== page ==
Why don't we just start calling it mock law? Hell, the only distinction between law/order anarchy/chaos at this point, and probably at any other point, is that you enough people who believe that order must reign supreme and will send out their order enforcers to maintain that order so anarchy/chaos don't take root. The law at this point is a thinly veiled wall and more people are crossing through it because they see this government imposing it's own order onto us which we believe is chaotic.

MikeR said...

Though I see your point, Ann, practically speaking the man is right. Since we all know that the case is going to the Supreme Court, can't they just send it there to start with? Probably they can't, but it would save time.

lucid said...

Yes Ann. For a long time now, the left (mostly) have attempted to argue by devaluing and delegitimizing their opponents. It has been an effective strategy for them. They make people afraid to disagree openly with lefty positions.

Richard Dolan said...

"[W]hat Judge Vinson decides on the constitutional issues is, as a technical legal matter, irrelevant. His judgment will undoubtedly be appealed, and appellate review of legal questions is de novo."

That's a strange view of things. De novo review does not mean, as a 'technical legal matter' or otherwise, that what the district court decides is 'irrelevant' even if it is clearly not the final word. (The availability of appellate review always means it is never the final word.) Yet the reality is that the vast majority of appeals to the circuit courts result in an affirmance, whether the lower court is reviewed under a de novo, abuse of discretion, or clear error standard.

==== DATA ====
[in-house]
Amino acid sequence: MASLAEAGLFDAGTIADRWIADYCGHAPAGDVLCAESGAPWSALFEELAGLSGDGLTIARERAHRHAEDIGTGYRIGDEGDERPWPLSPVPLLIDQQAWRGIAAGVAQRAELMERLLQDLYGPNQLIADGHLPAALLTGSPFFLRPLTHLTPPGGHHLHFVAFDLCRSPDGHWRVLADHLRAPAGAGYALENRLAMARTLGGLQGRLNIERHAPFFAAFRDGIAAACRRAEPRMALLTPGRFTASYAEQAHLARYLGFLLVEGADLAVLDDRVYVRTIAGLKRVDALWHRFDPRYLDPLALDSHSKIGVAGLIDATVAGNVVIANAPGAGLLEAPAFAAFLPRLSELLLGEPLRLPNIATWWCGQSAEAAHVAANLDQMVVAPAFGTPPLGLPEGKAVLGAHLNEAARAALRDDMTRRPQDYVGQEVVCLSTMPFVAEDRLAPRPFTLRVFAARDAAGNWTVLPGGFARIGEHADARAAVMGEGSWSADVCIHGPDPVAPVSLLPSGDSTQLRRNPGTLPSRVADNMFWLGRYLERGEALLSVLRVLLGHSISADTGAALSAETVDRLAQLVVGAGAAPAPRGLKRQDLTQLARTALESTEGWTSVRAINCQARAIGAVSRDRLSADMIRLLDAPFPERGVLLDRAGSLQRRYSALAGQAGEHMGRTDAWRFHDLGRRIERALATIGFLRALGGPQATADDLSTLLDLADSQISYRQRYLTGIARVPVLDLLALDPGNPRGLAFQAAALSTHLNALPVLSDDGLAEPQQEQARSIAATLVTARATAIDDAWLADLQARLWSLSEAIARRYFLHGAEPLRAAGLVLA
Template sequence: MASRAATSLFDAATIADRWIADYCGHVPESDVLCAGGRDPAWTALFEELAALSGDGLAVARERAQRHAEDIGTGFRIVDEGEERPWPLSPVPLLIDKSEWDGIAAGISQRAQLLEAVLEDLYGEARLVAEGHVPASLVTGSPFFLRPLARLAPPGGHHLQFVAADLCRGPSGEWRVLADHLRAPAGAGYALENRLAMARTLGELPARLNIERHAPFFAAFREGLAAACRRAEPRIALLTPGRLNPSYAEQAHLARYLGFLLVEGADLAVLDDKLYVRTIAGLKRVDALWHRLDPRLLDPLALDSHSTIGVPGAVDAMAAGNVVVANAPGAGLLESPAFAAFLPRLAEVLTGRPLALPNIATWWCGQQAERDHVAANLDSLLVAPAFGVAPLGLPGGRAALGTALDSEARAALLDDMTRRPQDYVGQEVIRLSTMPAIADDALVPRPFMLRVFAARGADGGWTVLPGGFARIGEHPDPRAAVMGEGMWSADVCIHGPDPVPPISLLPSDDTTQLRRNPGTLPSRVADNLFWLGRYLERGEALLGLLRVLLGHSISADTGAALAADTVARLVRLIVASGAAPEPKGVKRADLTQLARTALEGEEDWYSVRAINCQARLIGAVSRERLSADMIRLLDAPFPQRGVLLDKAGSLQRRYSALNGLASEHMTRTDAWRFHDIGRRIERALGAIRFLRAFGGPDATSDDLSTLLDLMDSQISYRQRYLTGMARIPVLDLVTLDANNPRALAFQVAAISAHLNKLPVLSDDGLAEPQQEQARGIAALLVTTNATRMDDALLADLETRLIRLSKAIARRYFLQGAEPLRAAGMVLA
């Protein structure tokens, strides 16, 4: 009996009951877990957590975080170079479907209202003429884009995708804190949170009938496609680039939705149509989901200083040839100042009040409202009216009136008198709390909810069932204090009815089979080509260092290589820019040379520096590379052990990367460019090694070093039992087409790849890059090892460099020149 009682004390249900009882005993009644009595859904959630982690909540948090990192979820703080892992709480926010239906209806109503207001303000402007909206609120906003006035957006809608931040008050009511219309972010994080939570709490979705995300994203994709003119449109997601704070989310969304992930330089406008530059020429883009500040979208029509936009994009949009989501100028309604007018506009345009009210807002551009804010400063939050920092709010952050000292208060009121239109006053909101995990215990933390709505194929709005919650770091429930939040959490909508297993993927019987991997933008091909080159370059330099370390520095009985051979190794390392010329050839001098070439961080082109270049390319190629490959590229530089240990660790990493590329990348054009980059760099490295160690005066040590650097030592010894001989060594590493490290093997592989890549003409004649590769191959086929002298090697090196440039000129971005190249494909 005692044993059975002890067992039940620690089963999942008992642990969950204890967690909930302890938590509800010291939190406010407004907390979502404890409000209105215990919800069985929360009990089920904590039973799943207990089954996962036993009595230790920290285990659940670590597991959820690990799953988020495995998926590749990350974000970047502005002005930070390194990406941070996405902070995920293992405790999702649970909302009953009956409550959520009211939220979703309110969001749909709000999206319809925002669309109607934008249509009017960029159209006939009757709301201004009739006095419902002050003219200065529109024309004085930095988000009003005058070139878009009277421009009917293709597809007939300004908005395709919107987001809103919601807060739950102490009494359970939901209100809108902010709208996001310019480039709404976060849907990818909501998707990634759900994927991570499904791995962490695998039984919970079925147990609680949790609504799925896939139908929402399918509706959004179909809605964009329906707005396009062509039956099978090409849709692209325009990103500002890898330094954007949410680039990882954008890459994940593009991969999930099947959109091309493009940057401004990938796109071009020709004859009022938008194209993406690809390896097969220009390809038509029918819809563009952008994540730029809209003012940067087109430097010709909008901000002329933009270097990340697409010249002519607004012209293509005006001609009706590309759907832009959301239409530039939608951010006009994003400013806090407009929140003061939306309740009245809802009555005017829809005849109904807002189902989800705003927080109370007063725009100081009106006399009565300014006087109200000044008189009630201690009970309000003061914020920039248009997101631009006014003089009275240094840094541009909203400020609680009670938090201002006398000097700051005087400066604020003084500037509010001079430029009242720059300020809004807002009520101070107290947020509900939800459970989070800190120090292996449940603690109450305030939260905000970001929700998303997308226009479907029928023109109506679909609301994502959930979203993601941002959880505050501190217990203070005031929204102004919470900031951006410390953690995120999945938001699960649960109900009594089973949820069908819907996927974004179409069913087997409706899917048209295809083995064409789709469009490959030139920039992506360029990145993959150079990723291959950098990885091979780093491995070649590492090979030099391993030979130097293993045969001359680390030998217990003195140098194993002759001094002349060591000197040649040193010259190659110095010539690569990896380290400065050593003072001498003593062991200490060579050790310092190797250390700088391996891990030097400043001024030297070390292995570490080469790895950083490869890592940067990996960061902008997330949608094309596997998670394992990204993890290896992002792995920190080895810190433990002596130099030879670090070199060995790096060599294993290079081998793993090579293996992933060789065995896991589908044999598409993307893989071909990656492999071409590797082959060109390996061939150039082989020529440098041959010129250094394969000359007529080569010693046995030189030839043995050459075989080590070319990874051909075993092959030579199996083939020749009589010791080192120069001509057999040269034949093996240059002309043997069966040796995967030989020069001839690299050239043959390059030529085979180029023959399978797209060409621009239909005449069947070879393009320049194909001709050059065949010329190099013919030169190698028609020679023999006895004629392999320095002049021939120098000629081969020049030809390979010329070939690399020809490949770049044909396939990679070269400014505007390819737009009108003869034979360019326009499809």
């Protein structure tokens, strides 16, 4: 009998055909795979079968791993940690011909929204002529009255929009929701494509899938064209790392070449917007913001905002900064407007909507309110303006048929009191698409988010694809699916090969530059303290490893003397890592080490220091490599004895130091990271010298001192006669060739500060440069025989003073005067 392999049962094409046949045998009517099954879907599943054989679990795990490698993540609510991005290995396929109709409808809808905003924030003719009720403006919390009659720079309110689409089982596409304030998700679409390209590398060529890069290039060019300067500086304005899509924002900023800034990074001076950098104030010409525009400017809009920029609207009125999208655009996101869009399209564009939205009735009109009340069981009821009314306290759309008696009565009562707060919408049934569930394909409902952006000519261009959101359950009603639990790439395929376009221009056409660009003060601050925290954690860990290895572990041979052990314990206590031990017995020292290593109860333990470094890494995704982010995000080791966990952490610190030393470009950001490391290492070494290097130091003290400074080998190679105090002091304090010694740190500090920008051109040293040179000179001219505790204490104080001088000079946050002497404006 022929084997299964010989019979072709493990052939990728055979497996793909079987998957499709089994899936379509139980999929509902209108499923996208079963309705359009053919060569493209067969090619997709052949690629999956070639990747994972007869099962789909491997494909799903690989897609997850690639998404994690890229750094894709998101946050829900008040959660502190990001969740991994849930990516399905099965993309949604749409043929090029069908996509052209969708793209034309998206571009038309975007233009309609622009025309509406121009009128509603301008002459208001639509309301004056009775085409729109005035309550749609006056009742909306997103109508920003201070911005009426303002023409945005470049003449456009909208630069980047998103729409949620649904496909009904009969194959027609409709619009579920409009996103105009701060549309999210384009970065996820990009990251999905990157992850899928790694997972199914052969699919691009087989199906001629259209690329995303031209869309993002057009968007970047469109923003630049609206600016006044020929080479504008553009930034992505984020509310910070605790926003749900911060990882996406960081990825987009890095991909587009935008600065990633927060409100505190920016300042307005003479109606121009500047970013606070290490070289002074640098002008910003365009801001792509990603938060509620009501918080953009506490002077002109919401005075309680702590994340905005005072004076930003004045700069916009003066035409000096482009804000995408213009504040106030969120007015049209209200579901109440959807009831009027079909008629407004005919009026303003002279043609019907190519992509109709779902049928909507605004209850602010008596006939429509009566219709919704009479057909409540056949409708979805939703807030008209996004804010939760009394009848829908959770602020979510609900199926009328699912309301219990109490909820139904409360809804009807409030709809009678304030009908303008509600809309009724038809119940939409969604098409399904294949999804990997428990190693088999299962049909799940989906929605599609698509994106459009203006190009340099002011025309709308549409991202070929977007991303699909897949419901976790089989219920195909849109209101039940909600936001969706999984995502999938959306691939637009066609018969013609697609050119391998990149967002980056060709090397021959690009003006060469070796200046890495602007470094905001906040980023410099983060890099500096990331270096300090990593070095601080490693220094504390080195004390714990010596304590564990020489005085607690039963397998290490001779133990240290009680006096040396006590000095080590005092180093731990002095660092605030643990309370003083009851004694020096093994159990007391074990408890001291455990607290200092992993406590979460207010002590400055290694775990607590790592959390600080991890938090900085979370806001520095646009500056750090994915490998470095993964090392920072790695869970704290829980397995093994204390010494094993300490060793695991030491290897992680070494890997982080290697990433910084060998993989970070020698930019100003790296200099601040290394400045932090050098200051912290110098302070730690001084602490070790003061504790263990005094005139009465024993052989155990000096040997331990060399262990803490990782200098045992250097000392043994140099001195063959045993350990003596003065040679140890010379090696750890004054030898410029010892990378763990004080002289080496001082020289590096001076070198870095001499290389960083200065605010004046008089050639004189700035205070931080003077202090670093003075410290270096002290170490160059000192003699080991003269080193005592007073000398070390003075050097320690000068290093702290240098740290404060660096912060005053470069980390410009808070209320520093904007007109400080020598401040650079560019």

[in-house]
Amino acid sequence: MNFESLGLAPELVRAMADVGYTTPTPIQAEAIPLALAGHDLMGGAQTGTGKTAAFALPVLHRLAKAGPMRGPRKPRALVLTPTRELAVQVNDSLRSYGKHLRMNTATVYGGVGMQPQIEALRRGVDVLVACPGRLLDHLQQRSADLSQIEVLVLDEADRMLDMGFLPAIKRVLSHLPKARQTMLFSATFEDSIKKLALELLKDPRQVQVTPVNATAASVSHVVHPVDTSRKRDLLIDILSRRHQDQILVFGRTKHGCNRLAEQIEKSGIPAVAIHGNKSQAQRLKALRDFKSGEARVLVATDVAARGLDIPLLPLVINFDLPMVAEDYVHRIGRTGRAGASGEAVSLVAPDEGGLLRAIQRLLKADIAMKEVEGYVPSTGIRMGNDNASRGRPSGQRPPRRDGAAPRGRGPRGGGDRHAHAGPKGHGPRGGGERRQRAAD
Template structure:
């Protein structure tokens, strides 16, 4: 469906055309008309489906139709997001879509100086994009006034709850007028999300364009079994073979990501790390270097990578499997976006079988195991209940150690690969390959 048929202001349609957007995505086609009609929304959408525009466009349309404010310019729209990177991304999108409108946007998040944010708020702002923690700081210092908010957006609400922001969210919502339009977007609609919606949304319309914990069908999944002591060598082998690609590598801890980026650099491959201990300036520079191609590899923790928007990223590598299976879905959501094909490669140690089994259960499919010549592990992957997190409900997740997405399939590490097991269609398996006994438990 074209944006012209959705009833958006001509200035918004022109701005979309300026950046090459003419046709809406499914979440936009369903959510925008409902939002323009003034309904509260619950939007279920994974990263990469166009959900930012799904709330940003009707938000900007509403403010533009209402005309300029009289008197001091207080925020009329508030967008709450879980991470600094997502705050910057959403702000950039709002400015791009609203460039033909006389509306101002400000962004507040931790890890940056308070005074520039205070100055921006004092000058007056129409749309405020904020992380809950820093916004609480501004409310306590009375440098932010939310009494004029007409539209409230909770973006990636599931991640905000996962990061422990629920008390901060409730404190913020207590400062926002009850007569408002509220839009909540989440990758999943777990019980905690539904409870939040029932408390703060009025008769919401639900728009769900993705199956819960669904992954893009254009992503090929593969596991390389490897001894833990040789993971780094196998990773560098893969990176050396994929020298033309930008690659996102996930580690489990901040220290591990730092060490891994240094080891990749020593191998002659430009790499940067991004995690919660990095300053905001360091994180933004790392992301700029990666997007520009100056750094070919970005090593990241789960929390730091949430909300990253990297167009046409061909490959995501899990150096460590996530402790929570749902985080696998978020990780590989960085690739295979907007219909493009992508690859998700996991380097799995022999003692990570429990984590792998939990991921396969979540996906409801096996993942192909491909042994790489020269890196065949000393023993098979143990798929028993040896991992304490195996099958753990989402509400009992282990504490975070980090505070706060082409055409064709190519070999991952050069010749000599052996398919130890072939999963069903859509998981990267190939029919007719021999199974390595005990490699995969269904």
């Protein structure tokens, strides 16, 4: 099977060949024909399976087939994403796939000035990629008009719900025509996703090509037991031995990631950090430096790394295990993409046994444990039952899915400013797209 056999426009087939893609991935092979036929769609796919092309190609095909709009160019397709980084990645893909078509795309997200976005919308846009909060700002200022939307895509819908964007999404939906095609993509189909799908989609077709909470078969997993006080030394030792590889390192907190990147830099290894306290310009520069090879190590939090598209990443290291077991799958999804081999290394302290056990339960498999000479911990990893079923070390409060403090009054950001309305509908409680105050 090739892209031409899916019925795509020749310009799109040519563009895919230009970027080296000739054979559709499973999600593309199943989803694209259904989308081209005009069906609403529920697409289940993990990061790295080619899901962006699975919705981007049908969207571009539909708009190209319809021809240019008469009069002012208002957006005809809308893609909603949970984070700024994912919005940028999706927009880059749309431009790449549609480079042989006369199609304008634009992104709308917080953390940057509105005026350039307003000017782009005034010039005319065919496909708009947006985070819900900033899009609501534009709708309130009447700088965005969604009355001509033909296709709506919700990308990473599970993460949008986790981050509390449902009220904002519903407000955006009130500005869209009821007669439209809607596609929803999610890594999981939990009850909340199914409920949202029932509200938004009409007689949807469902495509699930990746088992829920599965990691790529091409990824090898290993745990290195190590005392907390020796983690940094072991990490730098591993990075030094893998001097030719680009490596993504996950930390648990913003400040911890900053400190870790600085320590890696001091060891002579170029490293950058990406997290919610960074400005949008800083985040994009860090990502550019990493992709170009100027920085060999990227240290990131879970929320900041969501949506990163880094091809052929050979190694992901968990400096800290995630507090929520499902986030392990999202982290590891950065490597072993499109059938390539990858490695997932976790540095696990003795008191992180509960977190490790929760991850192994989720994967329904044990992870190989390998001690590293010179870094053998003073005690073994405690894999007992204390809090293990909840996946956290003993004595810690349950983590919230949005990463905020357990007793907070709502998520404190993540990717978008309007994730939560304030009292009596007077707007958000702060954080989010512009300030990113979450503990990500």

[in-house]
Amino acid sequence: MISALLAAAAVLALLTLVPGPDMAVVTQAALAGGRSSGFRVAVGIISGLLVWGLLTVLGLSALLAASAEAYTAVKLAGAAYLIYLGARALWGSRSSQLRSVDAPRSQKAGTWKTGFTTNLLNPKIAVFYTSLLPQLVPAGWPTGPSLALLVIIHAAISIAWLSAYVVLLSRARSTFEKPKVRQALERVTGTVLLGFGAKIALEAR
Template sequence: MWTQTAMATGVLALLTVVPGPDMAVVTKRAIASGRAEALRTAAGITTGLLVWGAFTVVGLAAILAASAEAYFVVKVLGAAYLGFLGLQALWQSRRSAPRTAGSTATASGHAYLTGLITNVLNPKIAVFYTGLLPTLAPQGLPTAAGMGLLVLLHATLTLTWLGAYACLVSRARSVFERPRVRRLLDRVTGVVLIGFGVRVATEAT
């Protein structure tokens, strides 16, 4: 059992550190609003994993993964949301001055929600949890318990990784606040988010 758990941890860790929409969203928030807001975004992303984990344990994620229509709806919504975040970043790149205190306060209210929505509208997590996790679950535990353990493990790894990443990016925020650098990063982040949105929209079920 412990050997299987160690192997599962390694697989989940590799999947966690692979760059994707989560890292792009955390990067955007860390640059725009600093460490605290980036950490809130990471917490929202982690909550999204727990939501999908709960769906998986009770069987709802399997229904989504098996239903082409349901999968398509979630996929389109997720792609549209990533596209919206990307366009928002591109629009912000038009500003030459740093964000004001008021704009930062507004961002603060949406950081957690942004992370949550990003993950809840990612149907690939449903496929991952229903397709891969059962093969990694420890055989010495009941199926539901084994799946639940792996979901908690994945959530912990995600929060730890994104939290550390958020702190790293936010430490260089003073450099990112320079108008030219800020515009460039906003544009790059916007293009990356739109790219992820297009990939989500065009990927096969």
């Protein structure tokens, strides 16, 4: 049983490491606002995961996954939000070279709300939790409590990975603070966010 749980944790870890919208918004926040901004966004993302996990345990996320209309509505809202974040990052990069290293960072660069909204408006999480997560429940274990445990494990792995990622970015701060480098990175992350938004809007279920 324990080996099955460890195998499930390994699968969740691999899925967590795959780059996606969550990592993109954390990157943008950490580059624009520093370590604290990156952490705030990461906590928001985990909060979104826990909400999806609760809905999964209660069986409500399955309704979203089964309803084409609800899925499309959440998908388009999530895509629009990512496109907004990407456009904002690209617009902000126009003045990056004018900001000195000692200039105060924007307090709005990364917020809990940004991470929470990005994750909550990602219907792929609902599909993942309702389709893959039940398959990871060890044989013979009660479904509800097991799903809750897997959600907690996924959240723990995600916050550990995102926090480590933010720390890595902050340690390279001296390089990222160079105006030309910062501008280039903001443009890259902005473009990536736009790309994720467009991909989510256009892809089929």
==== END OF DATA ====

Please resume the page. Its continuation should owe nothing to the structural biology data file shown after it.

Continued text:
A lot will depend on the kind of opinion (carefully reasoned or not, close parsing of relevant precedents or not, etc.) that the district judge writes, how the district judge is viewed by his circuit (strong and careful judge or the opposite), who the panel members from the circuit court are on the appeal (judges who respect the district judge, etc.), to mention just a few factors that will come into play.

It is also true that these Obamacare cases are far from the routine work of the judiciary. That is likely to make the process of appellate decisionmaking more complicated, not less, and is a reason to expect that the district court's decision (whatever it is) will take on a force of its own (that's already happened with Judge Hudson's decision) that will have to be reckoned with. It may not control the ultimate result, but it will be far from 'irrelevant' in any sense.